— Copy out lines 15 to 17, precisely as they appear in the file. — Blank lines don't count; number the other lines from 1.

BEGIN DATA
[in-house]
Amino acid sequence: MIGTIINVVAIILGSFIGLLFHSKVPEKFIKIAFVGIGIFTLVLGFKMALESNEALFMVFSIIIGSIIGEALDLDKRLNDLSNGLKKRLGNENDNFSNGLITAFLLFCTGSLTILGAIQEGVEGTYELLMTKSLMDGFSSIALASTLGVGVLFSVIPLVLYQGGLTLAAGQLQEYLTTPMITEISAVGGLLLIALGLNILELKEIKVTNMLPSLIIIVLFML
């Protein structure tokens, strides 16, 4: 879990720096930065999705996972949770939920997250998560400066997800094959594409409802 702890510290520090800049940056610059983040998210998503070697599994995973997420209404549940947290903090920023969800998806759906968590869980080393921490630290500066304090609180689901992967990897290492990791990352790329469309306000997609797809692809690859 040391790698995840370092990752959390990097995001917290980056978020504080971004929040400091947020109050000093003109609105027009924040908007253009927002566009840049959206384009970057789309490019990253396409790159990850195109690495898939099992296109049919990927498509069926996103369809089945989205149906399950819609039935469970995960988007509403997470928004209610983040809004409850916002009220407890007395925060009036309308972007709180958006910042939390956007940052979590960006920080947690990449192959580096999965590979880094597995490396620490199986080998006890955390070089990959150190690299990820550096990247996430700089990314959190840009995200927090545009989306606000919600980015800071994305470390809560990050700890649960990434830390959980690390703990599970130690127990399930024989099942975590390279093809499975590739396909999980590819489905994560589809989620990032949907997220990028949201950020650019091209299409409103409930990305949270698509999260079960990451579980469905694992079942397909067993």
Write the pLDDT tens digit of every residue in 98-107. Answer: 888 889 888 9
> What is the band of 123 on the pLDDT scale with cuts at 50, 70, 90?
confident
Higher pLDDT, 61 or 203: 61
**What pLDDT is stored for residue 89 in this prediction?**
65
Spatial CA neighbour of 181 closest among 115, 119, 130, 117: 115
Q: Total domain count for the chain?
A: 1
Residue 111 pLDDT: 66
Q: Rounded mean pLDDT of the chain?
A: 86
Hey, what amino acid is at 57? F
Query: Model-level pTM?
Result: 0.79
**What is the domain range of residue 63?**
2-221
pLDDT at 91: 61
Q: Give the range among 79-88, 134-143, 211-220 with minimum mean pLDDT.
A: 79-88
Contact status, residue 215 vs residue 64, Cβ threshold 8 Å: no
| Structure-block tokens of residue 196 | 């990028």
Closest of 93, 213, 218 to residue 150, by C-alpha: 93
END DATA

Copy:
A: 86
Hey, what amino acid is at 57? F
Query: Model-level pTM?